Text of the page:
Germany and the free trade agreement TTIP: Why a chicken soon won’t help Angela Merkel anymore

Posted on 02. July 2014

by Christoph Janosch Delcker

christoph-janosch-delckerThe planned free-trade agreement TTIP has come under harsh criticism in Germany. Why? The story involves opaque trade tribunals, back room negotiations – and a chicken.

Angela Merkel left little doubt that she will continue to support TTIP. In late May of 2014, the German chancellor entered the stage in front of the influential lobby organization American Chambers of Commercein Düsselsdorf. She delivered a dedicated plea for the planned free-trade agreement culminating in the words: “It is a great project, and it’s worth fighting for”.

The majority of the German electorate seems to think differently. TheTransatlantic Trade and Investment Partnership has sparked a heated debate in Germany. In the official words of the European Commission, the agreement “aims at removing trade barriers (…) to make it easier to buy and sell goods and services between the EU and the US.“ German media, however, refers to it as “an act of lunacy” (centrist weekly Zeit) or an “attack on democracy” (left-wing newspaper Die Tageszeitung).

Devastating effects on culture, labor rights and education

Opposing TTIP has become en-vogue in Germany: the managers of Germany’s major theatres have issued a statement claiming that TTIP would cause devastating cuts in the German cultural landscape. Germany’s metalworkers’ unions have expressed concerns that TTIP will weaken labor rights and social standards. The teachers’ union VBE fears risks for the education system. It’s hard to say how much of these claims are justified.

“The Corporate Invasion”

To me, the role that private trade tribunals could play seems most concerning. Probably, TTIP (in its status quo) would grant corporations the right to basically sue nations for compensation if certain government measures allegedly harm the corporations’ investments. These lawsuits would take place before private tribunals. At the end of 2013, Lori M. Wallach, founder of advocacy think tank Global Trade Watch, called TTIP “the corporate invasion”. She expressed her fear that TTIP could undermine the sovereignty of the national parliament in favor of big corporations – which would, indeed, be a major problem.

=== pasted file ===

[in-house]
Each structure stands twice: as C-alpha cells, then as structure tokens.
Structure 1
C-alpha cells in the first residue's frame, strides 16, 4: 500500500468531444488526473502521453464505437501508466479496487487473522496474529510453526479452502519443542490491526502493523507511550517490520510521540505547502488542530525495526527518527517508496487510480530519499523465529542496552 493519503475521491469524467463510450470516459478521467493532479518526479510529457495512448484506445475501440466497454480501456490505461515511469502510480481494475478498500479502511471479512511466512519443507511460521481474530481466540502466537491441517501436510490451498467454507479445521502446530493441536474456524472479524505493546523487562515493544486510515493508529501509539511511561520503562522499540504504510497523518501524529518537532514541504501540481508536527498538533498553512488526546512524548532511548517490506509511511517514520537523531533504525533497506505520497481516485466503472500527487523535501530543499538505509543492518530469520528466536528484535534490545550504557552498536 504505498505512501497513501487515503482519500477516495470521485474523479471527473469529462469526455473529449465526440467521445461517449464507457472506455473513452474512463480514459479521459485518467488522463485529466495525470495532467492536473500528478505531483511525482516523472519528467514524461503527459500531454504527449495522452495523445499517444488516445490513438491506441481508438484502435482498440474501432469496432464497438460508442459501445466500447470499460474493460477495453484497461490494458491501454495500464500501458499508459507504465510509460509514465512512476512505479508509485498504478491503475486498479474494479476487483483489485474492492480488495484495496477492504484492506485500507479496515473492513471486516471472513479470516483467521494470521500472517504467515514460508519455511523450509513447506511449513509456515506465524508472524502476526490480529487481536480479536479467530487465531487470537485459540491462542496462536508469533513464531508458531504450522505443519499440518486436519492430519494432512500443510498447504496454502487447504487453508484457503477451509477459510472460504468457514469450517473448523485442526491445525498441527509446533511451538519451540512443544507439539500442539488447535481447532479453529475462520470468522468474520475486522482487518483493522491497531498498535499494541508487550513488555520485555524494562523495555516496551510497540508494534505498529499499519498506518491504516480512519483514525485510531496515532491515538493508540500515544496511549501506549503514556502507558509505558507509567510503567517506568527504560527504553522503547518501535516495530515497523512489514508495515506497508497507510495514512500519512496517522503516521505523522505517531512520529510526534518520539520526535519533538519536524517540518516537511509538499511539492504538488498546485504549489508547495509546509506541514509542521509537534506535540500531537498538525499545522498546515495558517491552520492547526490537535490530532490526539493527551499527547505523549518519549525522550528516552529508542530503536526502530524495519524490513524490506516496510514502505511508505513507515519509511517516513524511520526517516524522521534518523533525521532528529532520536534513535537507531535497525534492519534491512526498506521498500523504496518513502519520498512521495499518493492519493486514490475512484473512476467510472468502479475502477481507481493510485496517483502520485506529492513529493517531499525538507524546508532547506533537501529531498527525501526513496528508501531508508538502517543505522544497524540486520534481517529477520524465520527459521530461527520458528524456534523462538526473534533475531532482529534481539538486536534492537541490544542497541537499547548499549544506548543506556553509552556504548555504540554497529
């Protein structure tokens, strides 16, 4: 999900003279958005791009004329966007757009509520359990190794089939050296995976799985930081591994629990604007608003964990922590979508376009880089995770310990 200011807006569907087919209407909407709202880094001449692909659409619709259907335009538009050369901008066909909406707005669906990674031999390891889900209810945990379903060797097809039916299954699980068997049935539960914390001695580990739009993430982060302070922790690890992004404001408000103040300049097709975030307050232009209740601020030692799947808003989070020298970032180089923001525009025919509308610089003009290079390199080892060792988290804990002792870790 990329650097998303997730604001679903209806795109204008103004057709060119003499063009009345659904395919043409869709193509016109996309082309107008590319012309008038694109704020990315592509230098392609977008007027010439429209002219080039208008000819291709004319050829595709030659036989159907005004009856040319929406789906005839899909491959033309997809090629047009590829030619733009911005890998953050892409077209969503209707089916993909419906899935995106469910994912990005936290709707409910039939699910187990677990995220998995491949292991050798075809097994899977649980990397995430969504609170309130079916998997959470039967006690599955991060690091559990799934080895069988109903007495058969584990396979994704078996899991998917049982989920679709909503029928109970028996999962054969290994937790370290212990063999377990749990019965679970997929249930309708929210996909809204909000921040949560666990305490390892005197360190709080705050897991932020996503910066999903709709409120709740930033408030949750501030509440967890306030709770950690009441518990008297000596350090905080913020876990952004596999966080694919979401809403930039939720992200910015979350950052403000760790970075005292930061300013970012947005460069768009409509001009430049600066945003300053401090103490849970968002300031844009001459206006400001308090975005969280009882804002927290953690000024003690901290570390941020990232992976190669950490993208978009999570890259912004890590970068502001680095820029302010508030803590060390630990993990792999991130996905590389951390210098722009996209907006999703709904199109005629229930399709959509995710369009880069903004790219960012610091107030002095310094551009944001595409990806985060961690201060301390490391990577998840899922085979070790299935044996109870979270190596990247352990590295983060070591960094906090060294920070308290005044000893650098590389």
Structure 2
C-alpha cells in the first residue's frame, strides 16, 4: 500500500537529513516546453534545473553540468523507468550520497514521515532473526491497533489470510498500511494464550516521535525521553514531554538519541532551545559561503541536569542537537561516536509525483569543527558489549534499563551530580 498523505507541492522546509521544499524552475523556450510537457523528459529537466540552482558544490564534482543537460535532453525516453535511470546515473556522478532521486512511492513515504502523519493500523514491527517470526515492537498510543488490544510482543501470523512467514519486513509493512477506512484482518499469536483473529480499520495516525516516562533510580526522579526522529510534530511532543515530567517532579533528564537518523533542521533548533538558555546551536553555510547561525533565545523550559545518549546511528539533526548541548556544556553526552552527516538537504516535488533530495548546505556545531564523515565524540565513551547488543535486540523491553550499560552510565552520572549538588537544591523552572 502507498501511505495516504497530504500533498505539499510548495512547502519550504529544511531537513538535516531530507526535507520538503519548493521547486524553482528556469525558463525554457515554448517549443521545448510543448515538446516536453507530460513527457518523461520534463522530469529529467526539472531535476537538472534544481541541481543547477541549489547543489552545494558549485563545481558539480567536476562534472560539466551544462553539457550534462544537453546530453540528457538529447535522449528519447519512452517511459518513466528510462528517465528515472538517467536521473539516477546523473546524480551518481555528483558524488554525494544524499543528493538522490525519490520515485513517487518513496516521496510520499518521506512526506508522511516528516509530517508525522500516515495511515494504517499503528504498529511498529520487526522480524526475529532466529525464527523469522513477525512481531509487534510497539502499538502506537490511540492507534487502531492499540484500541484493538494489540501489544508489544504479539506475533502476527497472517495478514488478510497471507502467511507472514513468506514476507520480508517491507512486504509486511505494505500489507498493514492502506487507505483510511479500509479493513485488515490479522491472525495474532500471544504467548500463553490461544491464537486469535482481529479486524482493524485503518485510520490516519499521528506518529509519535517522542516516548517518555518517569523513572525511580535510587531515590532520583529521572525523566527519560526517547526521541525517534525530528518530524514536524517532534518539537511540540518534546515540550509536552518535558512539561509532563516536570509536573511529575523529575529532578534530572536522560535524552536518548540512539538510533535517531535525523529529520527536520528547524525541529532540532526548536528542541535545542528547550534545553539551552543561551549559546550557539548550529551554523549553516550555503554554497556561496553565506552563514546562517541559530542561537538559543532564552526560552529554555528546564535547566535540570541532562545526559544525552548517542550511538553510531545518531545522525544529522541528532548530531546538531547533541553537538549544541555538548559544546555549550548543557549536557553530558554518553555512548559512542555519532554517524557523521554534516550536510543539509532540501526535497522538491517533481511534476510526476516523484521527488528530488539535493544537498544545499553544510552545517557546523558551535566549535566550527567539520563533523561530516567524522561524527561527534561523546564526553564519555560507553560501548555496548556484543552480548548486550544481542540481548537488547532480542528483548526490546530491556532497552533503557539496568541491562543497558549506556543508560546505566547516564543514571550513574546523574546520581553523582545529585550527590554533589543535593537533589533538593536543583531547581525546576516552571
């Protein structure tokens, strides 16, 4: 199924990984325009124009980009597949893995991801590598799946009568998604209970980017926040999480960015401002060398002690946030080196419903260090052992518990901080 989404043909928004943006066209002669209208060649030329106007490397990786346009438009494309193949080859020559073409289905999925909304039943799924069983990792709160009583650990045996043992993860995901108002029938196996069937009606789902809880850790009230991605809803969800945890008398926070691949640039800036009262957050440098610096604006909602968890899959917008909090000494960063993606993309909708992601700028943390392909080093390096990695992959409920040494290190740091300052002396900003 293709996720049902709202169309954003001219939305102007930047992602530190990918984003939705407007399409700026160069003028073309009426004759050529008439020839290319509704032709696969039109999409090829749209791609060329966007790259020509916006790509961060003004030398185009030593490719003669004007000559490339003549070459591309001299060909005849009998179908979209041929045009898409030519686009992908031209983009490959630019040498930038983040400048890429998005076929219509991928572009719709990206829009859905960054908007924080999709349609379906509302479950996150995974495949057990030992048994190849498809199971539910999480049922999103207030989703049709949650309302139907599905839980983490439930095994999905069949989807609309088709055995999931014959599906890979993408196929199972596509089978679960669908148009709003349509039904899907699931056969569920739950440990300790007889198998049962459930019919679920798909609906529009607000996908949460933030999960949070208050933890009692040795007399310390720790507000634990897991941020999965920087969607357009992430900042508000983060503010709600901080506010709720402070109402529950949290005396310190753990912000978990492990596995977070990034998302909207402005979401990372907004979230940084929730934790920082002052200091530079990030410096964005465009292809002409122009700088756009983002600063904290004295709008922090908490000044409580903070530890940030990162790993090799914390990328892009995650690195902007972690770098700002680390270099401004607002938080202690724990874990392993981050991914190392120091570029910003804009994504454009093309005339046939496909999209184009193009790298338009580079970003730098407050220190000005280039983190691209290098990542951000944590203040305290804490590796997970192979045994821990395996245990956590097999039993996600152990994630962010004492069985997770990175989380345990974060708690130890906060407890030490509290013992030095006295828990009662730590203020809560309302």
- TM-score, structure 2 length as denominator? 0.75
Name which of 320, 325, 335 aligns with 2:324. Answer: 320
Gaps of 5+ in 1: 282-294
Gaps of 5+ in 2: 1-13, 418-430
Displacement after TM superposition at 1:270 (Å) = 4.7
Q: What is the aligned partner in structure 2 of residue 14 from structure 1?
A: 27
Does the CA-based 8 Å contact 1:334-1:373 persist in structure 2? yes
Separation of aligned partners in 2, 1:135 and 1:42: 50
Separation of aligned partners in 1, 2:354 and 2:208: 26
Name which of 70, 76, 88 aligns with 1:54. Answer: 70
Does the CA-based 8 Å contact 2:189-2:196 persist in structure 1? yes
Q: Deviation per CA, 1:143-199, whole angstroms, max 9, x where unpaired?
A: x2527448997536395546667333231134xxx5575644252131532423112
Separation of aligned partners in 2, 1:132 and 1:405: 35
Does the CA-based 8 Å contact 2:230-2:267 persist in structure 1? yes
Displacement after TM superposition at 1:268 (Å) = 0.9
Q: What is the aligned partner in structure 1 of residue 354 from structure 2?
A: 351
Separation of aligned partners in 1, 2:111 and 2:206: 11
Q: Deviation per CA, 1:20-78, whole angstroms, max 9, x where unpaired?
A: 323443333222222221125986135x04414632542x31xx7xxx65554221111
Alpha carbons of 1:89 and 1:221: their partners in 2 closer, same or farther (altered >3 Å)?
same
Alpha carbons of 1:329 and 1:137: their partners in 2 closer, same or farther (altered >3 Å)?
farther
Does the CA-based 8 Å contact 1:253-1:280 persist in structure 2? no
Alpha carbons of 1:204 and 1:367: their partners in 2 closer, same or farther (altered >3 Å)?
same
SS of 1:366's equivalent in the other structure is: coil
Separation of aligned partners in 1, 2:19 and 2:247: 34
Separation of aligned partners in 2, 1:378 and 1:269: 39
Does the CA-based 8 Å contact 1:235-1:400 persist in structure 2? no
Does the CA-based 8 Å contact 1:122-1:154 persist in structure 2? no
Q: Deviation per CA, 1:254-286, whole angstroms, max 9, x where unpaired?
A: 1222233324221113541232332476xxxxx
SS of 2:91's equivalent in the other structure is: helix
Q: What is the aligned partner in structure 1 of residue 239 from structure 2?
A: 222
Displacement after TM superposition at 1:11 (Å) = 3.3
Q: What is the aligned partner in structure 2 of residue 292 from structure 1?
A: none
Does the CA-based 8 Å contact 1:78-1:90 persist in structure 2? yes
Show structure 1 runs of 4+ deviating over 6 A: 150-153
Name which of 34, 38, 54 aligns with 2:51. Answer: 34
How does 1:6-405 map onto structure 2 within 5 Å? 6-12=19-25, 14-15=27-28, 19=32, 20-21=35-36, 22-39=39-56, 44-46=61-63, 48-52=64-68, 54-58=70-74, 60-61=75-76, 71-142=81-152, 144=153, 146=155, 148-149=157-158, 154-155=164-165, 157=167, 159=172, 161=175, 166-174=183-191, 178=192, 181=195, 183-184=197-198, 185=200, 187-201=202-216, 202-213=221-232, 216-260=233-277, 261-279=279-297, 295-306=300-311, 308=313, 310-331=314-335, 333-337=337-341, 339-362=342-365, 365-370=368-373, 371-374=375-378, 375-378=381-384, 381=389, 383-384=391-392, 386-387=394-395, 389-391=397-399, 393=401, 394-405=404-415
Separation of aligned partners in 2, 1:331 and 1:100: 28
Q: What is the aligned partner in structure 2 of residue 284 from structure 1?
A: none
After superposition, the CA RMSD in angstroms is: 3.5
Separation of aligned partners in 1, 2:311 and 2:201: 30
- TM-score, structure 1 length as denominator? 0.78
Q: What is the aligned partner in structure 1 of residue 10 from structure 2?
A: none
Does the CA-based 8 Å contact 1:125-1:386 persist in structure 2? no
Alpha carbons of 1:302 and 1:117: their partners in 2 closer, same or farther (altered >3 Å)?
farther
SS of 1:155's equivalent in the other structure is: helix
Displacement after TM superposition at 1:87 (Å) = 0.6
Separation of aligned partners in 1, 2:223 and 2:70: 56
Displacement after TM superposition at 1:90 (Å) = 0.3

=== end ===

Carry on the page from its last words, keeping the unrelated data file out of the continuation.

And yet, the leitmotif of Angela Merkel’s speech is a chicken – a chlorine-washed chicken. The German language, famous for its ability to create extra-long-compound-words, calls it a “Chorhühnchen.” For months and years, this chicken was the epitome of TTIP in Germany: The EU’s rigorous nutrition standards are still incongruous with some American food and product safety policies – such as the practice of treating carcasses of chicken with a chlorine wash to kill off food poisoning. This might change if TTIP is installed.

An overblown debate and a matter of life and death for Merkel

The debate about the German “Chlorhühnchen” is overblown, which even the strongest consumer advocates attest. My colleague Henrik Böhme at Deutsche Welle dedicated the hype a poignant gloss. To Merkel, however, the chicken still seems to be a matter of life and death: “There will be no import of chlorine-washed chicken from the United States. I have prevented it for years and will continue to do so. There is no question about that,” she stressed in her speech.

However, there are more important things to be concerned about. Left-wing US-French social scientist Susan George has accused TTIP of putting “democracy in danger”.   She refers to the involvement of lobby groups in the development of TTIP: “Transnational corporations headquartered on both sides of the Atlantic have since the mid-1990s been deciding all the nuts-and-bolts issues in elaborate detail, sector by sector.“

For years, the public has been shut out of the discussions

I believe the crucial problem is not the involvement of industry representatives and lobbyists per se; the problem is the lack of transparency. While for years, the United States and the European Union have been busy making headway on the agreement, the public has been mostly shut out of the discussions. Most recently, the EU has started some sort of transparency initiative; negotiations, however, are still taking place in half-opaque backrooms. Now that journalists are picking up on this topic, this notion is – slowly but steadily – infiltrating the debate in Germany.

So why did Angela Merkel still speak about the chicken? She has proven numerous times that in her public addresses, she likes to keep things simple. And she likes to embrace popular topics, no matter how populist they are – which has helped her being re-elected twice.

However, her electorate has understood by now that TTIP is actually only peripherally about chicken. This will intensify the pressure on Europe’s most powerful politician. For there are crucial and important aspects about TTIP that are more complicated and multi-faceted than a simple Yes-or-No question regarding a chlorine-washed chicken.

I believe that there are good reasons to be critical of TTIP. At the same time, however, there seems little doubt that TTIP – in a form that is yet to be specified – is crucial for both the EU and the US to remain a competitive player in an ever-changing world economy. In a not-too-distant future, the German public will demand of Merkel to explain this to them – and to raise her voice for more transparency in TTIP negotiations. Then, the chicken won’t help her anymore.